Many months passed between the time that the three adjacent early-1900s storefronts at Manchester Road and Southwest Avenue showed signs of renovation activity and when the restaurant now known as the Mustard Seed finally opened. The result is just as much antique-and-architecture display as it is a restaurant, seating somewhere between 250 and 300, with a sprinkling of live tunes added regularly both in the bar at the eastern end and the dining room to the west.
Douglas, a 29-year TWA veteran, has actually owned the building since 1984 and once ran an antiques store called Legends Past and Present out of one of the three storefronts. Remnants of that business, along with some original Douglas creations and projects, now decorate the four rooms that make up the complex: Egyptian artwork purchased in Cairo by Douglas in the "dining room," which runs almost front to back in the easternmost space; area newspapers (including such long-lost banners as the St. Louis Star-Times and the St. Louis Daily News) from historically significant dates (V-E Day, the Kennedy assassination) in the "club room" in the rear; a custom-built functional fountain that gives the center room its name; and '70s-album-cover-style murals in the bar, the farthest west of the various spaces.
The atmosphere alone is worth the trip, and that's a good thing, because the execution on the food side during our visits was sluggish. Just as the rooms themselves are an eclectic, sometimes-disjointed collection, so too is the menu -- classic bar food in the appetizers but shooting for a bit more sophistication than that in the $10.95-$17.95 entrées -- so it's not really clear whether one should evaluate the Mustard Seed as a better-than-average, entertainingly decorated neighborhood joint or a "destination" wannabe that doesn't totally deliver on a special overall experience.
In the role of a very good neighborhood joint, the Mustard Seed can offer you a large plateful of basic appetizers -- potato skins, chicken strips, jalapeño poppers, chicken-wing "drummies" and fried mushrooms -- for two, but easily enough for three average appetites, which can then be followed with a basic plate, such as boneless marinated pork chops served with sides of baby carrots and a baked potato. Add a couple of beers and it's about a $30 date, and you get to look around at the original oil paintings or the brass-animal coat hooks or any of the dozens of other tchotchkes all over the shelves and walls. If you happen to be there on a Wednesday or on a weekend and get seated in the "dining room," there's even live music, a relative rarity in St. Louis restaurants.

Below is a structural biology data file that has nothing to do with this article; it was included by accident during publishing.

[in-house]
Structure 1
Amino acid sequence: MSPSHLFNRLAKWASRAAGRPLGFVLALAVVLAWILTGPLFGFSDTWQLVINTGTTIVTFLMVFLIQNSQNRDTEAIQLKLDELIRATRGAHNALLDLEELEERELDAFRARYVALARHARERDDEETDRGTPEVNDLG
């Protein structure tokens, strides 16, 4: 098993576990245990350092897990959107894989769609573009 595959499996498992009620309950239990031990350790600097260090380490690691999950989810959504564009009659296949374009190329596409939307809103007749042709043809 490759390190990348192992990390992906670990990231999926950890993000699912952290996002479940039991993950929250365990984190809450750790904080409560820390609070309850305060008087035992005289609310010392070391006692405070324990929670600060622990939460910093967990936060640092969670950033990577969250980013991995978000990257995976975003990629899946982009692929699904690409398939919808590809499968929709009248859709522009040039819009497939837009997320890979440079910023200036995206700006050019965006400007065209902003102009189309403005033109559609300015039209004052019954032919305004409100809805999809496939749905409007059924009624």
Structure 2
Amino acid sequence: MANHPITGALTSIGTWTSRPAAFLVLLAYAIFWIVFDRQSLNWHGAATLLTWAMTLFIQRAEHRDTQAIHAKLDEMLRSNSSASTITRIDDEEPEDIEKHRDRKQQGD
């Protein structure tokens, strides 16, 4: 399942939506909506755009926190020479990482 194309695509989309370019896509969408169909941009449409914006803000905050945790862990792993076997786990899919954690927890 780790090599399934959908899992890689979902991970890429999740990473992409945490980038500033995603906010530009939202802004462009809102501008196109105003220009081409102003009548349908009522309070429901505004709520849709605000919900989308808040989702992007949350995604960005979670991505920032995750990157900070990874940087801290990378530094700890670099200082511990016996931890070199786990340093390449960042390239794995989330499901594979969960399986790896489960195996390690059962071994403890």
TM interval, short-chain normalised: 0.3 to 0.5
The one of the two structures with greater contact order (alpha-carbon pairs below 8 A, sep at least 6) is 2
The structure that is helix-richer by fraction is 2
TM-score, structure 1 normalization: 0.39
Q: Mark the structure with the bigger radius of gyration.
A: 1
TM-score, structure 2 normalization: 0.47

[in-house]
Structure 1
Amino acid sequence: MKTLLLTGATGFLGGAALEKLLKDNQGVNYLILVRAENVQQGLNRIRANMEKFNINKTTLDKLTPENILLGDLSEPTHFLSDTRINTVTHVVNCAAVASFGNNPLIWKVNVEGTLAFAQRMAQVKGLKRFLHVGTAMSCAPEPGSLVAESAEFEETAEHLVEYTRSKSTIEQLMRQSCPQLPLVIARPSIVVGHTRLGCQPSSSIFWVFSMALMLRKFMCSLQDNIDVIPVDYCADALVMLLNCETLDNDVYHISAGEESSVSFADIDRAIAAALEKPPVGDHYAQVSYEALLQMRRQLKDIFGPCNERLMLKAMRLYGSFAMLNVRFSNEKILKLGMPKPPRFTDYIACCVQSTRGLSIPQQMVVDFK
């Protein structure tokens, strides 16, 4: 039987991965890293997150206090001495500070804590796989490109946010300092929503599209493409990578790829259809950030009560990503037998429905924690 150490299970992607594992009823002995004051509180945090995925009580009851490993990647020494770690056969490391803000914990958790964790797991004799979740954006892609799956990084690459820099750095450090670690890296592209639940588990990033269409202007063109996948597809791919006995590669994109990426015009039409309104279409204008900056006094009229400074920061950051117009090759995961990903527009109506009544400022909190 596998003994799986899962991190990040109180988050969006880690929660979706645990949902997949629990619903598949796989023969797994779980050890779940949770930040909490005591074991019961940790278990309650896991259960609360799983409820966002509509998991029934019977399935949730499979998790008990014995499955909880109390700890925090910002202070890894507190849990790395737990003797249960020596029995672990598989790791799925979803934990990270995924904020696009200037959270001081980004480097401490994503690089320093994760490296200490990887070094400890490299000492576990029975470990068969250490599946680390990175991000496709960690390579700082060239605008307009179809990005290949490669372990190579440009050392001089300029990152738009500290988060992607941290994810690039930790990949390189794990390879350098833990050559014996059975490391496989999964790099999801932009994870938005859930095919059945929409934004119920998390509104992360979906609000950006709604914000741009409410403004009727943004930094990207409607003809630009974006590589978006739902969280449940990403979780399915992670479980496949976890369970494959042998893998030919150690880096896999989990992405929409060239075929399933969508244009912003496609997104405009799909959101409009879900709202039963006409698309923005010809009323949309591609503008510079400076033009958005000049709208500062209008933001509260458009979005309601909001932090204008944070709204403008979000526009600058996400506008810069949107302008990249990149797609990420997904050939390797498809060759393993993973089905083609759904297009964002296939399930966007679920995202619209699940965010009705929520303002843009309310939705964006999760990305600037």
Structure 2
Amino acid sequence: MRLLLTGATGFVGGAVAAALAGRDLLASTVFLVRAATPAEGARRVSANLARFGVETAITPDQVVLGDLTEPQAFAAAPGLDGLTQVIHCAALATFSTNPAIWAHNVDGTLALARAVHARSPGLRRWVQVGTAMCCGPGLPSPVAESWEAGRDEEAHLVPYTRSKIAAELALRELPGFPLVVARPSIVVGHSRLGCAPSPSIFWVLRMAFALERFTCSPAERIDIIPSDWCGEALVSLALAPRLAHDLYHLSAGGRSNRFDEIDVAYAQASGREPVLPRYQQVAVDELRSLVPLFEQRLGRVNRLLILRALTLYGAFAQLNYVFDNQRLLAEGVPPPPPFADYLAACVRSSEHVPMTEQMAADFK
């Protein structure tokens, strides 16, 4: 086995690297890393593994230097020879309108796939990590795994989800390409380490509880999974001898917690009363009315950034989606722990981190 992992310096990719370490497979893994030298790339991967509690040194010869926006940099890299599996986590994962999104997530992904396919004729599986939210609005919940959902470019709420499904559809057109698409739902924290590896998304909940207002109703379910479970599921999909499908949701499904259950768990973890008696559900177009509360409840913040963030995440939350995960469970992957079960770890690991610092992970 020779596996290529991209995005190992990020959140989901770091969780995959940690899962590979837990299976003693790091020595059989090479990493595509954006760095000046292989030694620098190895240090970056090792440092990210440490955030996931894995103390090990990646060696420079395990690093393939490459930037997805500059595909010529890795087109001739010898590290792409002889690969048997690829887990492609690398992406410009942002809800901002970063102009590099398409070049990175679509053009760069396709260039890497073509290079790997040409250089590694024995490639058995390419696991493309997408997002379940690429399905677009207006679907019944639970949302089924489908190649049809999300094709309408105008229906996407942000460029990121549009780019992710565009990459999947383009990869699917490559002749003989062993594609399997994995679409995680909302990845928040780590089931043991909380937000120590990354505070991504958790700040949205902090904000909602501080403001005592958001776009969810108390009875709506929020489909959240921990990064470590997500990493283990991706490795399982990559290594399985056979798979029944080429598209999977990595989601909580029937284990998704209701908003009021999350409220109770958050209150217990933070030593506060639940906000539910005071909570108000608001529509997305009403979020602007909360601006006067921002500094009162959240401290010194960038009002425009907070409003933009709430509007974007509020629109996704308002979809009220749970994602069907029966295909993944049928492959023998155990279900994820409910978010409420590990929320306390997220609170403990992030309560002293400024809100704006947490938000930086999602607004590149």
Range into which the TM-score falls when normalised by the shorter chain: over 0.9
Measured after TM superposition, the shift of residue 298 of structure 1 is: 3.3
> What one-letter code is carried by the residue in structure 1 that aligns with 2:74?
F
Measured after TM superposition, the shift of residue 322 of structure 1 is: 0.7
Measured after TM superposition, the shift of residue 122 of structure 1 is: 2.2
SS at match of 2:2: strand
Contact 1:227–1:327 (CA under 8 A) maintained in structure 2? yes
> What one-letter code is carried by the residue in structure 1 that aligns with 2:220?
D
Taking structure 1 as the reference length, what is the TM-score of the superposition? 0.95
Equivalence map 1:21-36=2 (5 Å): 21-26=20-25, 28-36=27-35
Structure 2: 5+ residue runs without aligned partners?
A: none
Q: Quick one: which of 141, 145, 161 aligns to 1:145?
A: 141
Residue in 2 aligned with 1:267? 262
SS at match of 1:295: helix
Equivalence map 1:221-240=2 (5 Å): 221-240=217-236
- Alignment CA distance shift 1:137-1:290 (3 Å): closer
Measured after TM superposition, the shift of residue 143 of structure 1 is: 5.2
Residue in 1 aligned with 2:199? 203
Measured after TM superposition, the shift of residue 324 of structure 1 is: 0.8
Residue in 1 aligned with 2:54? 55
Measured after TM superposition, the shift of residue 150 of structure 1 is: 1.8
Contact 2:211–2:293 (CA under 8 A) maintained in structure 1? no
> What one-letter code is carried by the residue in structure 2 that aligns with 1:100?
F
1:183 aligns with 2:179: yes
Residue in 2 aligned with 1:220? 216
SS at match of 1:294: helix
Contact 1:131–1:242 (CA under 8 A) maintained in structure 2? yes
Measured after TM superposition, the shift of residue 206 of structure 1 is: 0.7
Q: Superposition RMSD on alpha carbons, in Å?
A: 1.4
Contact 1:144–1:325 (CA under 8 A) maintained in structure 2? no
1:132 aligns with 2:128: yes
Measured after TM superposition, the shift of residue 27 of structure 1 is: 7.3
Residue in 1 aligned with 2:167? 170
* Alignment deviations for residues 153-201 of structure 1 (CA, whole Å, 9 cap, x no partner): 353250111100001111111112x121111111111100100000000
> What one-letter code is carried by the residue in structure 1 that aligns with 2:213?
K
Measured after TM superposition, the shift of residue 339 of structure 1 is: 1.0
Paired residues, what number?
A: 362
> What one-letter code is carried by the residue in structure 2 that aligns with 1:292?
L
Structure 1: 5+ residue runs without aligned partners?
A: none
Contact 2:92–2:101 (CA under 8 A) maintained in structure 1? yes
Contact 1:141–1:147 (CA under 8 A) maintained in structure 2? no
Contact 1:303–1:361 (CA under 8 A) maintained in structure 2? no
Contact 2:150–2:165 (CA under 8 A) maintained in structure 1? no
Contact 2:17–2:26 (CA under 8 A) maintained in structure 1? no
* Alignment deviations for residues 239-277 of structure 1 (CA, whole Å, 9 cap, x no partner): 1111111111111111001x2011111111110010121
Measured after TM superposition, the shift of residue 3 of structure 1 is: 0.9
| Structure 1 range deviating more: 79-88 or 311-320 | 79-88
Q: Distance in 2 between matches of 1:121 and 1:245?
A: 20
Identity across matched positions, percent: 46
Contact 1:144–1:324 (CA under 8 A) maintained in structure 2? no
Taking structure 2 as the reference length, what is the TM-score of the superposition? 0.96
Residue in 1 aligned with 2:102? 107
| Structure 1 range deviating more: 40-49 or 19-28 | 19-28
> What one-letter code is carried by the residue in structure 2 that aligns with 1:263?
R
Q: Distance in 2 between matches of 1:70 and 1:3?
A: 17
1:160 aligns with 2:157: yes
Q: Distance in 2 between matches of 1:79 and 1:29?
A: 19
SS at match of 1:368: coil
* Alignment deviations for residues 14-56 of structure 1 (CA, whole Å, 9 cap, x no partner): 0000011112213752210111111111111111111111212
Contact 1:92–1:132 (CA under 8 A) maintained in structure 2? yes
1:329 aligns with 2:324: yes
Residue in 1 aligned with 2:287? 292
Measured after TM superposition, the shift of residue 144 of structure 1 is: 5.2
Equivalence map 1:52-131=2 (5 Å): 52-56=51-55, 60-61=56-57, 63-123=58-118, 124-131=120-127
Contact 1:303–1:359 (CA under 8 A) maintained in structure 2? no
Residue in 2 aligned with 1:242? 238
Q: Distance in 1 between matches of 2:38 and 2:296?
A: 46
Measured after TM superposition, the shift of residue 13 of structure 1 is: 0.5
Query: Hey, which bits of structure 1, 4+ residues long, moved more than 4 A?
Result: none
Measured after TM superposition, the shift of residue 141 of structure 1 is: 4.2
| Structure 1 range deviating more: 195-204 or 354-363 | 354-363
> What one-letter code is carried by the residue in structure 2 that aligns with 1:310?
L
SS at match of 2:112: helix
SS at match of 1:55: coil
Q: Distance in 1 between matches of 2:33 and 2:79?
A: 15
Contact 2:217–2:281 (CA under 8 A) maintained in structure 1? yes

As far as a more sophisticated dining experience goes, we found several holes. A simply broiled salmon fillet was all well and good, but a pair of beef fillets advertised as "steak Diane" came out cooked all the way to gray -- we were never asked how we wanted them cooked -- a waste of good tenderloin. (And maybe it's just a St. Louis thing, but this is the third or fourth time I've run across a dish by this name that wasn't, as I would have expected, a flambée. Brandy in the sauce, yes, but no spectacle at the table.) In any event, even with a tangy, smooth brown sauce, it ended up as nothing more than an overcooked fillet.
Beyond what we tried, the rest of the menu is rounded out by a couple of grilled steaks, three Continental-influenced chicken and veal dishes, and a sautéed sole. Five pastas are also available.
The desserts we tried came in at approximately the same level as the appetizers -- competent and straightforward, including cheesecake and fruited cake and the omnipresent chocolate "confusion" (see also: "suicide," etc.).
As for the service, this was another case in which it would have been OK for a neighborhood place but fell short for a better restaurant. Ironically, during a visit when the room we were in was close to packed, our server was right on top of everything in taking the orders, whereas on a second visit with a much lower percentage of the tables occupied, each diner's courses showed up at completely different times. Add to that never once seeing a wine list on either visit and then a pretty fair re-enactment of Monty Python's cheese-shop skit after being told "all kinds" of beer were available -- "Do you have any Harp?" "No, we don't." "Pilsner Urquell?" "No, none of that ..." -- and we seemed to uncover all sorts of rough edges in the service category.
Douglas may have been in the process of figuring out some of these shortcomings even as we were finding them, though; he told us in a follow-up phone call that he was bringing in Daren Miller, formerly of the Bevo Mill, to manage operations at the Mustard Seed. Miller joins John Zwolinski, a Paris- and Frankfurt-trained chef whom Douglas hired to set up the menu, while Douglas cuts back on the grind that resulted from building out the space virtually singlehandedly (he even laid the forms and poured the concrete for the fountain) and then running a seven-day-a-week restaurant.
With luck, Douglas, Miller and Zwolinski will get a better handle on what they want to be and either step up the service or step down the menu to set a more consistent expectation. I have faith that they'll eventually pull it off.